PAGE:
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Monday, October 12, 2015

#BoxOffice Report: 'The Martian' Continues Its Run, 'Pan' Fails to Appeal

The Martian keeps the rescue coming, while Pan walks the plank.

Story by Matt Cummings

As discussed in our Inside the Bucket podcast this weekend, the US box office proved once again that legitimately bad press can kill a movie long before it gets released. Meanwhile, Ridley Scott's newest film continues to impress.

Leading the box office for the second consecutive week is The Martian with a very good $37.01m haul, dropping only 32% from its release. That's better than 2014's Interstellar, which dropped 40% in its second week. Riding high on critical and popular praise, the Matt Damon survival film has already made a stunning $108.72m by emphasizing friendly teamwork and no manufactured drama.

Remaining at a distant No. 2 was Hotel Transylvania 2, with an estimated $20.42m, dropping only 38% in its third week. The Adam Sandler/Selena Gomez animated follow-up is really the only game in town for families, but that's not the only reason why it's doing so well. Led by strong tracking numbers, it's been a welcome shot-in-the-arm for beleaguered Sony Pictures, who hadn't had a $100m picture in 2015 until Transylvania. Read our review HERE.

This weekend also saw what damage bad press can do to a premiere. Coming in at a very soft $15.32m was the re-re-reboot of Pan, starring Hugh Jackman, and Garrett Hedlund. With a budget of $150m, the film had divided audiences almost from the start, when it was announced that both Tinkerbell would not have a major role, and that the Native American part of Tiger Lily would be given to a white actress (Rooney Mara). The result was a flashy yet disappointing affair, with odd musical choices and an origin story that just didn't stick with us (you can read our review HERE). Although it's received a good B+ from CinemaScore, we think it won't hold up with less-than curious audiences who have no vested interest in the franchise. There's no word of how this affect Pan's bottom line, but even with the most meager of expectations, this one will have trouble throughout October.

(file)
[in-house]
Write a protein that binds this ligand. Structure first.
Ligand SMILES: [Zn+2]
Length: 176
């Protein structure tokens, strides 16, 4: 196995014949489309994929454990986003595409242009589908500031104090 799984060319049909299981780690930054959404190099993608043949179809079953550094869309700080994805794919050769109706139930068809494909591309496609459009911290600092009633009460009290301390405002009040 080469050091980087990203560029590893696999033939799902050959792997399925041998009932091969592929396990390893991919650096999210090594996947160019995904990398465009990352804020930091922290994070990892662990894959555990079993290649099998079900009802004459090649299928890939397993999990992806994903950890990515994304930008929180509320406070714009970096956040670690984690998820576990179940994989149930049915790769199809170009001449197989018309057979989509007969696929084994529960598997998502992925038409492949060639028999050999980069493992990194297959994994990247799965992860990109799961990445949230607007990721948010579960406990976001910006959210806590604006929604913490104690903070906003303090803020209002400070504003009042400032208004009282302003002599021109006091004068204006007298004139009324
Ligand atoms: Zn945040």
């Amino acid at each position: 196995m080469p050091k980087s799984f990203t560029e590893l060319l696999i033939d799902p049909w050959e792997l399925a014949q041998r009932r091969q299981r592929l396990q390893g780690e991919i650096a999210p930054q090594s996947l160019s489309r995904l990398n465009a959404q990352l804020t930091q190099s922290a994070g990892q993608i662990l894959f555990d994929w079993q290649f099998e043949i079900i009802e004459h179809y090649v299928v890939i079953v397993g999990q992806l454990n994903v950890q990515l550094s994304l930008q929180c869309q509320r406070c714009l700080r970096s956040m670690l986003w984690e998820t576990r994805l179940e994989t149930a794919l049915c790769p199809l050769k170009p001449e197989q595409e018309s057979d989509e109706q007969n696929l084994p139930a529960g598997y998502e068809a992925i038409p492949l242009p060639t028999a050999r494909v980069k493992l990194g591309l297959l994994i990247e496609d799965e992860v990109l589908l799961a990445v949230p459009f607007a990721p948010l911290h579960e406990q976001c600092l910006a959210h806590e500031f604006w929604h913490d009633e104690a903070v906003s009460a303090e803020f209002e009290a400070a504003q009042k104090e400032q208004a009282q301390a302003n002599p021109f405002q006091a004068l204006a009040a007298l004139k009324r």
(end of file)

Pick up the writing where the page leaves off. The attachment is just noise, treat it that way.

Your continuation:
The news isn't all bad at Warner Bros. The Anne Hathaway/Robert DeNiro dramedy The Intern held firm in fourth place with $8.68m. The Nancy Meyers film slid only 26%, led by strong word of mouth (not from us from older moviegoers. Its success is also due to a lack of comedies out there, forcing audiences to pick from this kind of low-hanging fruit. and the relative lack of comedies in the current marketplace are all helping boost holding power for the film. The Intern has grossed $49.59m in 17 days.

Staying in the top five was the Denis Villeneuve thriller Sicario, taking in $7.58m. Lionsgate has enjoyed strong support with critics, resulting in only a 38% drop from last weekend. That's a good percentage for a film of htis type, but it's not quite sticking with audiences who might not be recommending it to their friends. Still, Emily Blunt/Benicio Del Toro/Josh Brolin Sicario has grossed a solid $26.94m in 24 days of release. We still think it represents one of the best films we've seen all year, and it's something you should take time to see (read our review HERE).

Sustainability is Still a Problem
While these overall numbers are good, we're still a little worried about late October, as we wrote about last week. All of these films could stick around - not because they're resonating with audiences and thus enterting the zeitgeist - but because there's just nothing else better out there. And yet even with those lack of choices, audiences are still staying away from The Walk, which came in a distant No. 7 with just $3.72m. But even with significantly better choices out there, including leftovers Black Mass and Pawn Sacrifice, audiences could take on a "What have you done for me lately?" expectation, rather than rewarding Hollywood for its perseverance.

Discuss this story with fellow SJF fans on Facebook. On Twitter, follow us at @SandwichJohnFilms, and follow author Matt Cummings at @mfc90125.


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